Imagination as the Key to Transformation: What Aslan Means to Cambridge

By: Nikki Rhodes, Teacher, 5th Grade Unit, Literature Grades 3-5

A girl and her lion

I can remember the first time I read Lewis’s The Lion, the Witch, and the Wardrobe. Back then, it was a sort of rite of passage into the Christian fold. You prayed the prayer, and almost immediately your friend was handing you a copy as if this book could somehow explain what it is to be a believer. Except the weird thing is, it does.

I can remember sitting up all night, pouring over my own tattered copy, weeping with Lucy as her beloved Aslan is beaten, shaved, and crucified on the Stone Table. Lewis’s words made real for me the horror and the glory of the Cross. When the Table breaks in half and Aslan returns even more terrible and beautiful than before, I wished that I could chase him through that morning meadow, too.

Following Christ, for me, is often like feeling my way around in the dark. I don’t really know what I’m doing. I feel clumsy and awkward, and I do my fair share of toe-stubbing. When I return to Narnia, as I now do several times a year through my work at Cambridge, the darkness is illuminated. I’m given permission to wonder, to weep, and to chase Jesus through the wet grass.

Not a tame lion

Narnia and Cambridge have become somewhat synonymous. When you think of the Cambridge curriculum and the founding principles of the school, you immediately think of that world beyond the wardrobe. Why does this series of books have such a remarkable influence on a school community? I would venture to say that it’s the same thing that kept me up all night when I first became a Christian. These books allow children (and adults) to set Jesus free from the church-shaped, bite-sized, easy-breezy box that we place him in. Lewis’s depiction of Jesus is wild. There’s no taming him. He’s unpredictable, terrifying, radical...and you just can’t get enough of him. You would never put Aslan in a cage until Sunday. He’s the one you want to follow through the forest even though he kind of scares you a little bit.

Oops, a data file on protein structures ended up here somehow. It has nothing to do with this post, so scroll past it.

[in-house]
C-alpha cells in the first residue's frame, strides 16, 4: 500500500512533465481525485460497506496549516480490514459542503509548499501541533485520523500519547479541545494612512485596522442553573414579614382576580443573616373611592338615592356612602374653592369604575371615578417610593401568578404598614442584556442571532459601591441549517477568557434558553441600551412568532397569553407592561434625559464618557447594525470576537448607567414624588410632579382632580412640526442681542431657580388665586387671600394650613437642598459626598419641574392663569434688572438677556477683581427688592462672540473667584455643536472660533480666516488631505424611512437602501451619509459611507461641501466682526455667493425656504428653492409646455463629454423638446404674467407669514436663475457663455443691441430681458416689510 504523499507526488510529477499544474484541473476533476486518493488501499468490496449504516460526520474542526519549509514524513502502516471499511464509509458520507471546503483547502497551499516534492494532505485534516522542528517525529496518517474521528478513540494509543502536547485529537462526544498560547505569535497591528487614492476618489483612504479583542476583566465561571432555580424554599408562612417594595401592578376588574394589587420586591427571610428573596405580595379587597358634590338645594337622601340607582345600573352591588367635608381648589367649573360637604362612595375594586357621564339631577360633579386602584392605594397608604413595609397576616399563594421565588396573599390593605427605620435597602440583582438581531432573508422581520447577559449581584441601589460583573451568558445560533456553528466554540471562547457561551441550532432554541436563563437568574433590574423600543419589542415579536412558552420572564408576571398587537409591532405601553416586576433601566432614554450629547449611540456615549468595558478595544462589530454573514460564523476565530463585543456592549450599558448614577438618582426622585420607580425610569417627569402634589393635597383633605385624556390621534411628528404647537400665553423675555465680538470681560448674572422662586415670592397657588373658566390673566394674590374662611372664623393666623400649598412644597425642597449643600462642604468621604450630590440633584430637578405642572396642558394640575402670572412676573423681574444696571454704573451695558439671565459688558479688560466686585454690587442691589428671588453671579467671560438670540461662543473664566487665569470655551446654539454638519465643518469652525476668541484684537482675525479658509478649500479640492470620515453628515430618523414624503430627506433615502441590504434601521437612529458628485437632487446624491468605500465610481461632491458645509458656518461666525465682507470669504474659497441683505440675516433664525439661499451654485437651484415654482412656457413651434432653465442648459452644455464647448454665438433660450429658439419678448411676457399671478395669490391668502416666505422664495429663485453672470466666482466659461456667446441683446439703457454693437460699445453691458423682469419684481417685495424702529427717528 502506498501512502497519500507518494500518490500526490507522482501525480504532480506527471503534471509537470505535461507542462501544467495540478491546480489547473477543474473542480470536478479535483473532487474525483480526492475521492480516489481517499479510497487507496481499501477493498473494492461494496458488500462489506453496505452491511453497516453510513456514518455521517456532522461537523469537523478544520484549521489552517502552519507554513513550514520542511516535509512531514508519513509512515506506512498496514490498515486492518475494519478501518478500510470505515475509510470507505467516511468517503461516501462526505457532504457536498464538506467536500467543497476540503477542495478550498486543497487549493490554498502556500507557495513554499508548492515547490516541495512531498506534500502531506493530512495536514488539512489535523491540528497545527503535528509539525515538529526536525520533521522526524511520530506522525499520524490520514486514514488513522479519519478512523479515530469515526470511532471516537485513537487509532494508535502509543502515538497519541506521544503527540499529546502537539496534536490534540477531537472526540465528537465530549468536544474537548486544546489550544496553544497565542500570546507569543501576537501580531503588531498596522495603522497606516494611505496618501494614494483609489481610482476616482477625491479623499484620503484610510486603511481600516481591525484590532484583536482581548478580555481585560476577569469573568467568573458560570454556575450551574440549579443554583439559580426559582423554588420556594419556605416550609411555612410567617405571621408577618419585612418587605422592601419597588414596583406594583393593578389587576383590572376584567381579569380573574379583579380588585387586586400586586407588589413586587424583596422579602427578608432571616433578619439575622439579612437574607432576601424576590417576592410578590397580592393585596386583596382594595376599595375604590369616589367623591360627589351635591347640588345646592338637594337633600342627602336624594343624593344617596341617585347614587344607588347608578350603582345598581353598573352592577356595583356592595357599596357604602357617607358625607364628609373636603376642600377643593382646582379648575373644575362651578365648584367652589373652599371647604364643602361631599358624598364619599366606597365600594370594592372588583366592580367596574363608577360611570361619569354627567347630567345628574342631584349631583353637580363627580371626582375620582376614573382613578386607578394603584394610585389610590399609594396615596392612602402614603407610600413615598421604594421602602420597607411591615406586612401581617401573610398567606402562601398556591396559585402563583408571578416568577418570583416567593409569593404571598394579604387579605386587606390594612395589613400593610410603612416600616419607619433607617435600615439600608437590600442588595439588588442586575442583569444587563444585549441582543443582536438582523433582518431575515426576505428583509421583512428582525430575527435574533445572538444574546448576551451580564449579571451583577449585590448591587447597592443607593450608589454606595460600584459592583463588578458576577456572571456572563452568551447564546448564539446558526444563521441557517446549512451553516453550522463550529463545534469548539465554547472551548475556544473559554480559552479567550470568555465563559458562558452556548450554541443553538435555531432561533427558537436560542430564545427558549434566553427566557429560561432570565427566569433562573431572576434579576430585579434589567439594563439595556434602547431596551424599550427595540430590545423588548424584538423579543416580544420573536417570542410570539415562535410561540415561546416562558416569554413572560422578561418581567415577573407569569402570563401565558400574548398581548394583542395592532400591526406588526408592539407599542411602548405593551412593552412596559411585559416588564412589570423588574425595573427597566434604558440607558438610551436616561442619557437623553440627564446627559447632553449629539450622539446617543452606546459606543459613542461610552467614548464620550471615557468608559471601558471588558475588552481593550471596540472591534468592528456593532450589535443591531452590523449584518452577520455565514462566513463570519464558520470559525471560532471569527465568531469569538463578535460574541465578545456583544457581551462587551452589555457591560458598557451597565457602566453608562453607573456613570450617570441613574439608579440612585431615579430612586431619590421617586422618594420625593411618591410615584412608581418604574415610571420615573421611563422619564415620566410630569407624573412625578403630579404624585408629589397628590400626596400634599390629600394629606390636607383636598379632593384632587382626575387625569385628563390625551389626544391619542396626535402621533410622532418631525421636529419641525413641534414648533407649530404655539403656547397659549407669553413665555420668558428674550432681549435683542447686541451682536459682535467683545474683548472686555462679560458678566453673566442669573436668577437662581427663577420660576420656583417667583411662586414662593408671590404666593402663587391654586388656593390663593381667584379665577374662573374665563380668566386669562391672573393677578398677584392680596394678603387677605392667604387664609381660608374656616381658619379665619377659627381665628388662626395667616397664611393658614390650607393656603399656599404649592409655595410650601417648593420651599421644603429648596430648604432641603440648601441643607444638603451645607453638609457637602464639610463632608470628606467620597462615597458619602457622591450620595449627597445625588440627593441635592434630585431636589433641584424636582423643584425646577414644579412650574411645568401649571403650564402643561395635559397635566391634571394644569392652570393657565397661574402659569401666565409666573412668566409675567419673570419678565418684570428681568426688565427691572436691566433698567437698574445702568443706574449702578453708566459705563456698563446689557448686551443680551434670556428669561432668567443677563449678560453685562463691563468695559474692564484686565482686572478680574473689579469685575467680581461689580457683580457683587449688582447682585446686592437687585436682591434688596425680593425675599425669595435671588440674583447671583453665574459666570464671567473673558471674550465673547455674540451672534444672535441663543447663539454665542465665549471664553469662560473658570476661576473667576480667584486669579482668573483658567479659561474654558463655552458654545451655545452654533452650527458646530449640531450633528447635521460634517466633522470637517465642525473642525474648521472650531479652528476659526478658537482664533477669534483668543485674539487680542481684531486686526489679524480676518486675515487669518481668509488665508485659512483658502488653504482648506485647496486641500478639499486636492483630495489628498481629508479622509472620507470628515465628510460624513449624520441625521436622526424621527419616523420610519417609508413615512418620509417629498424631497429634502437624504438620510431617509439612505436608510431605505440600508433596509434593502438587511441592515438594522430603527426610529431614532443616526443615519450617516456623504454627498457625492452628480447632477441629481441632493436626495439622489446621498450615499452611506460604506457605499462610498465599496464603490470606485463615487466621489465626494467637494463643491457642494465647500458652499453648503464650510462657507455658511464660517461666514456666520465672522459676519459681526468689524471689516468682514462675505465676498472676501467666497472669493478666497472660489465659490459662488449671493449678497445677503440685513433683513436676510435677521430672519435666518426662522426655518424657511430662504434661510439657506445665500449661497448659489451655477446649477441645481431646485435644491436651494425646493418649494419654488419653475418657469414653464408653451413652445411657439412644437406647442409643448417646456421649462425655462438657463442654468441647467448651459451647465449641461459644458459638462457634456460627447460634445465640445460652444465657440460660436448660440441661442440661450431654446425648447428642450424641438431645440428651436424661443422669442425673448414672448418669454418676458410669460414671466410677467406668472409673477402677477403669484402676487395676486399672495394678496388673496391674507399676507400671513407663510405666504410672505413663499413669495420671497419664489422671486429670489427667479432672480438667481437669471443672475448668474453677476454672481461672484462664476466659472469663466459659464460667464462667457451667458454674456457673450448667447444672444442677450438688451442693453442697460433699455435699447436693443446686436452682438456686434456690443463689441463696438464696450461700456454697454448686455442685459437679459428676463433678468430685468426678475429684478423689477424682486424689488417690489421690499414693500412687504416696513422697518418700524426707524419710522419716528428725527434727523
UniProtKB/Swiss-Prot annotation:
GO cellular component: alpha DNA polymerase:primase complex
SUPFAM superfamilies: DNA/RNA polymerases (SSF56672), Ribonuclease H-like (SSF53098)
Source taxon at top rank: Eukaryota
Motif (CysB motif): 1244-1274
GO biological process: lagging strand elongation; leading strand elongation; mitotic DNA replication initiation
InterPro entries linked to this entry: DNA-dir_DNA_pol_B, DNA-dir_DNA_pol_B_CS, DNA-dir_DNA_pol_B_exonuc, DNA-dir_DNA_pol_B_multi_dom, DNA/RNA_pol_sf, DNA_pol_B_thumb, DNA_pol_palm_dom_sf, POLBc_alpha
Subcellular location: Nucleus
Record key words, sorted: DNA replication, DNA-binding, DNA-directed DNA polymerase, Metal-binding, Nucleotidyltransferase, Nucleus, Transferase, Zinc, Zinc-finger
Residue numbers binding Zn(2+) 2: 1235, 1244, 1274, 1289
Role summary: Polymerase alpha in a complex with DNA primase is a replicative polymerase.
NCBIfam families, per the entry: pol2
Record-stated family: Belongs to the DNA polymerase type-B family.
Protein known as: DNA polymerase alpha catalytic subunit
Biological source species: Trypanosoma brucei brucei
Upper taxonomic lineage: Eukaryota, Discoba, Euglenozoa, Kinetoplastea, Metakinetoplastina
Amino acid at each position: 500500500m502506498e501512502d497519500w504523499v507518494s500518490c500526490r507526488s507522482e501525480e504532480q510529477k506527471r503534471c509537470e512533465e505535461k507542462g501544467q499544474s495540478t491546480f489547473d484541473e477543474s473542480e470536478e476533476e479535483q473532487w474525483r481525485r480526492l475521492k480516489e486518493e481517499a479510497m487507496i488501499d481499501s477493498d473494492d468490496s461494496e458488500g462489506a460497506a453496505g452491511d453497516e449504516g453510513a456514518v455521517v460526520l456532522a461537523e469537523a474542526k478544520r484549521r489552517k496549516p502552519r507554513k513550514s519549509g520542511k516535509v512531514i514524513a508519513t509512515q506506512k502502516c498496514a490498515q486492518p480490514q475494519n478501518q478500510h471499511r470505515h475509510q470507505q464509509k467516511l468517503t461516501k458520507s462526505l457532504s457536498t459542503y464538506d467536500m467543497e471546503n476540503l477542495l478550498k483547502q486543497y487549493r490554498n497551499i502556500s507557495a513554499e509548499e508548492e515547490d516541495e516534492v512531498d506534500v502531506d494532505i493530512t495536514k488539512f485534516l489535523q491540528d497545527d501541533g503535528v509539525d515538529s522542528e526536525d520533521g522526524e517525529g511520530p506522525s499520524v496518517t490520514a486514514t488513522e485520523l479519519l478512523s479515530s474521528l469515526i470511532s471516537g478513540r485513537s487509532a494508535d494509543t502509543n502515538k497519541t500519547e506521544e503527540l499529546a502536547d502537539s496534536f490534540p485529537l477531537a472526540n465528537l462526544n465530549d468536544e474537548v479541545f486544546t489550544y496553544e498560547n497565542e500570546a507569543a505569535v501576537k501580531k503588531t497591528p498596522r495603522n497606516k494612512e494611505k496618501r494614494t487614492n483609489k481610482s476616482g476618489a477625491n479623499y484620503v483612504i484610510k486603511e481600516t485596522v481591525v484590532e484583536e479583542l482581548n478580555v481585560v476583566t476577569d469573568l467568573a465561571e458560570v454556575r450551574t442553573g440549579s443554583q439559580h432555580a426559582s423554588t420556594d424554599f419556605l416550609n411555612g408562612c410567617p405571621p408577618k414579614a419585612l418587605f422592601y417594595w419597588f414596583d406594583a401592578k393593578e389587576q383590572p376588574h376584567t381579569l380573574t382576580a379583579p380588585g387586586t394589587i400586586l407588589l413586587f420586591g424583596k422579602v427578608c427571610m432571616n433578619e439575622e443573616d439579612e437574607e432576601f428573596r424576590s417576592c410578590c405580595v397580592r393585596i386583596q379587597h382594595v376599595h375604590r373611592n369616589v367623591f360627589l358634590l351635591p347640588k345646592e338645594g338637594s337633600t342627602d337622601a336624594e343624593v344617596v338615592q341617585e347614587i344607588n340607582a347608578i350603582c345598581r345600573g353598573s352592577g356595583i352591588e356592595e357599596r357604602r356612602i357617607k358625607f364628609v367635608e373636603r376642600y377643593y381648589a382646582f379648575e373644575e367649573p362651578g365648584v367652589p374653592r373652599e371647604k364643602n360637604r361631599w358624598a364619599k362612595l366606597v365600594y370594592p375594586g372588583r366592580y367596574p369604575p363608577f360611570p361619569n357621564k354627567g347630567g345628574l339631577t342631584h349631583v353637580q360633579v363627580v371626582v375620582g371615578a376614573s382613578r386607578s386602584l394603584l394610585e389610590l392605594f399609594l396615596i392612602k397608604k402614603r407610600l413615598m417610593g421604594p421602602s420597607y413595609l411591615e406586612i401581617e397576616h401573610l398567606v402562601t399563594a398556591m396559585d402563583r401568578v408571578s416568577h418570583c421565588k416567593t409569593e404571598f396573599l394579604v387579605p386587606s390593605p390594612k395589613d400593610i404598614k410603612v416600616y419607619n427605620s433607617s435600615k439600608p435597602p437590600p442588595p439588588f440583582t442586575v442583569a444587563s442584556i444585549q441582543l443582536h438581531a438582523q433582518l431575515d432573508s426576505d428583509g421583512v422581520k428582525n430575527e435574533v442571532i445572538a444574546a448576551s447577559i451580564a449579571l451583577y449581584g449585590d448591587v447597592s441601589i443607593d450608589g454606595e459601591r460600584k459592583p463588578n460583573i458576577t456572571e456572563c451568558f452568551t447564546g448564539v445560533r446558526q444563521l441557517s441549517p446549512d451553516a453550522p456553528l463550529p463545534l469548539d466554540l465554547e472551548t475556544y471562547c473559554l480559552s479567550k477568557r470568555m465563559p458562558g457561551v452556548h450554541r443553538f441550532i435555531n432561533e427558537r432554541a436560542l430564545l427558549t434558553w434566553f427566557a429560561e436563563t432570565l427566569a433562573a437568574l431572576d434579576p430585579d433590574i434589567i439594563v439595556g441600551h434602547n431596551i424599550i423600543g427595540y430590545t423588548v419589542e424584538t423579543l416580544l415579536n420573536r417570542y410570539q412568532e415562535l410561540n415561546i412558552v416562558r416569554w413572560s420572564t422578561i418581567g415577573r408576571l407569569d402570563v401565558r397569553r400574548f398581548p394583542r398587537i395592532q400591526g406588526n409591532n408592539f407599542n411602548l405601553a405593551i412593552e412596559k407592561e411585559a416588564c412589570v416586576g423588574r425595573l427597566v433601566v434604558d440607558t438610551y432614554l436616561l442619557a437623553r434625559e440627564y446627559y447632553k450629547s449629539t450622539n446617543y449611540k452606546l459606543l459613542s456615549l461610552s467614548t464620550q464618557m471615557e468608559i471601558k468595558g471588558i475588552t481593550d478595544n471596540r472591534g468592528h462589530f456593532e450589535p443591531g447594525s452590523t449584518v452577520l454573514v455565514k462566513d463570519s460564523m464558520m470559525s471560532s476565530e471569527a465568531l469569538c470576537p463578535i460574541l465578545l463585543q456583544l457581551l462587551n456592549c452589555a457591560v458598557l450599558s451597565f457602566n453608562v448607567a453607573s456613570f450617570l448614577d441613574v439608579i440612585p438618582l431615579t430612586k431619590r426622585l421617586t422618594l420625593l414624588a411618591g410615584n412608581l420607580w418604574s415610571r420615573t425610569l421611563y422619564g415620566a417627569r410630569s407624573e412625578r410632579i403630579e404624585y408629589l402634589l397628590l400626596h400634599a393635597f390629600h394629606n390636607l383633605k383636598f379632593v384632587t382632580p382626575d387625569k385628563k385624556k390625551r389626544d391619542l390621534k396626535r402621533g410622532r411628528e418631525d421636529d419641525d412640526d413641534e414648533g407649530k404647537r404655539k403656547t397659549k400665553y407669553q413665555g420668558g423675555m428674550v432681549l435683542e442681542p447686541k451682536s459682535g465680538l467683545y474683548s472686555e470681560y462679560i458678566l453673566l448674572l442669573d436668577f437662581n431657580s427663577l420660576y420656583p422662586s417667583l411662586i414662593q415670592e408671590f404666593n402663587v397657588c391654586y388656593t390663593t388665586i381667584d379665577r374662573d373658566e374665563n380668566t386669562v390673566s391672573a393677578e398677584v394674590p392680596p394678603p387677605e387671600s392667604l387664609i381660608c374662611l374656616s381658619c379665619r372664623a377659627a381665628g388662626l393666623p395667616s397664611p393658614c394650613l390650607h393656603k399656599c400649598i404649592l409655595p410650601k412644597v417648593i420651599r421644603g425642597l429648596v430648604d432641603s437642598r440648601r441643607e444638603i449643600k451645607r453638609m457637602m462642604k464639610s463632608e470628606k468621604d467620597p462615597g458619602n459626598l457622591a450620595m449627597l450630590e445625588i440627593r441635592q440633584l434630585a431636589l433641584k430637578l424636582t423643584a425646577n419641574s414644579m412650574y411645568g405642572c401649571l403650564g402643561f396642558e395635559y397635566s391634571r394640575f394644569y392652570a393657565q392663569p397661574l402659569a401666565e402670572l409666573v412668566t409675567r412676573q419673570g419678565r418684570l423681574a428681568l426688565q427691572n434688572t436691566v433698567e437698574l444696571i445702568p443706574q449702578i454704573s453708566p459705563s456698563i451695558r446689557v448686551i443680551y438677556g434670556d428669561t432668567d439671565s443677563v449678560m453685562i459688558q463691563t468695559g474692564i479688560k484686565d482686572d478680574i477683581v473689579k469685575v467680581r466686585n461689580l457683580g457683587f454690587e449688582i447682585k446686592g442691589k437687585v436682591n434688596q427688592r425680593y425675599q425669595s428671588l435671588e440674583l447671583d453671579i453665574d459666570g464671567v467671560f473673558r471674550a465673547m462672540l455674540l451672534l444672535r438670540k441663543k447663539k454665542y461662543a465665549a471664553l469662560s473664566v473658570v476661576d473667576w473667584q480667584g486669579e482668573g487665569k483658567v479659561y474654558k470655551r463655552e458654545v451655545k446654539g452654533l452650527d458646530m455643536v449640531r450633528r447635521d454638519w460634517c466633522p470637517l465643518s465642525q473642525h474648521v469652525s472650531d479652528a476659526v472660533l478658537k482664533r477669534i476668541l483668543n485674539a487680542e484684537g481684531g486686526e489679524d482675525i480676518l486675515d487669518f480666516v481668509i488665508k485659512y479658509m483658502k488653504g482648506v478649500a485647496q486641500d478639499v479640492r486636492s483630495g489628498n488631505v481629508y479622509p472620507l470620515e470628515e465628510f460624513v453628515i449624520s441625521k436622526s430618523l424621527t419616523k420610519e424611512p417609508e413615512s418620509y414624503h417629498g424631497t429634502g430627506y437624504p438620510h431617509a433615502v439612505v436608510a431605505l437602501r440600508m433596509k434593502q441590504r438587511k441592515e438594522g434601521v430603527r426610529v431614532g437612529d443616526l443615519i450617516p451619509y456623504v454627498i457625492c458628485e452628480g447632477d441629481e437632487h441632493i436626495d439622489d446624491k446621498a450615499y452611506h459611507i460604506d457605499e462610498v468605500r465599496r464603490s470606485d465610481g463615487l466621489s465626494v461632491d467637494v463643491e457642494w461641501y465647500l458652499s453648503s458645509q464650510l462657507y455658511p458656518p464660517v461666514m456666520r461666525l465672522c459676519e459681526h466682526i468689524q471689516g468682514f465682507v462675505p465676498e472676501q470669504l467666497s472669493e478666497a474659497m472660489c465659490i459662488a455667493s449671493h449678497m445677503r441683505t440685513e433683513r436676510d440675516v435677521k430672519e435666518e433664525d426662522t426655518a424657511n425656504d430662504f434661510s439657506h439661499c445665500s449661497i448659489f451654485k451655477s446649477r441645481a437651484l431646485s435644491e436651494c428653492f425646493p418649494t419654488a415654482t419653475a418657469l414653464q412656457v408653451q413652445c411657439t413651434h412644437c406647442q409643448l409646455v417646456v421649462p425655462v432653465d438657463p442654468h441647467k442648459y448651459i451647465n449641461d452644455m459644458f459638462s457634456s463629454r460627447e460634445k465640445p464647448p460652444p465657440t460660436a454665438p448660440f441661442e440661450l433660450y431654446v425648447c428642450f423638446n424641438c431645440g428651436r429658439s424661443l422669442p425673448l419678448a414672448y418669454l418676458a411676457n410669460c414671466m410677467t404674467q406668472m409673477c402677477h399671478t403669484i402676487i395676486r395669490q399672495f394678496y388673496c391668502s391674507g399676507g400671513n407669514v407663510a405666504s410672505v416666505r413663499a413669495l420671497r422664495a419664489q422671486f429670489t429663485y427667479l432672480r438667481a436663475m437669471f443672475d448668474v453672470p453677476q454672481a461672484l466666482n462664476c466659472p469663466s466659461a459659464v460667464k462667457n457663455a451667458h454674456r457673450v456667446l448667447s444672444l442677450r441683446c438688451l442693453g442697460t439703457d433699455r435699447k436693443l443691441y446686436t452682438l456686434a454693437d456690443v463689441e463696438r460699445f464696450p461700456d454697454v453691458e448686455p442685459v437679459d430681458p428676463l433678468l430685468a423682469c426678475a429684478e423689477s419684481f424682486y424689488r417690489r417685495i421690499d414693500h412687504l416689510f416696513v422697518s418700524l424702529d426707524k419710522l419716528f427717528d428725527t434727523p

Aslan’s dear ones

After reading one of the three books that I use in my role as 3rd-5th grade language arts teacher, I often ask myself and my students these questions:

“What would it look like if we followed Jesus the way that Lucy follows Aslan?”

“Do I believe in, trust in, put my entire soul in Christ the way that those kids do with Aslan?”

“What has God done lately that has amazed, astonished, or even scared me?”

These questions, I think, get at the very heart of why we read The Chronicles of Narnia at Cambridge. These books give readers a glimpse of what it would look like if we were to believe in the power and the transformative love of a radical, wild, terrible, beautiful God.

In The Voyage of the Dawn Treader, when Lucy is told that she will not be returning to Narnia again, she and Aslan exchange these words:

“It isn't Narnia, you know," sobbed Lucy. "It's you. We shan't meet you there. And how can we live, never meeting you?"

"But you shall meet me, dear one," said Aslan.

"Are -are you there too, Sir?" said Edmund.

"I am," said Aslan. "But there I have another name. You must learn to know me by that name. This was the very reason why you were brought to Narnia, that by knowing me here for a little, you may know me better there.”

That’s the very reason why we bring our students along with us to Narnia year after year. It’s so that by knowing Aslan there for a little, they may know him better here.


Lisa Bond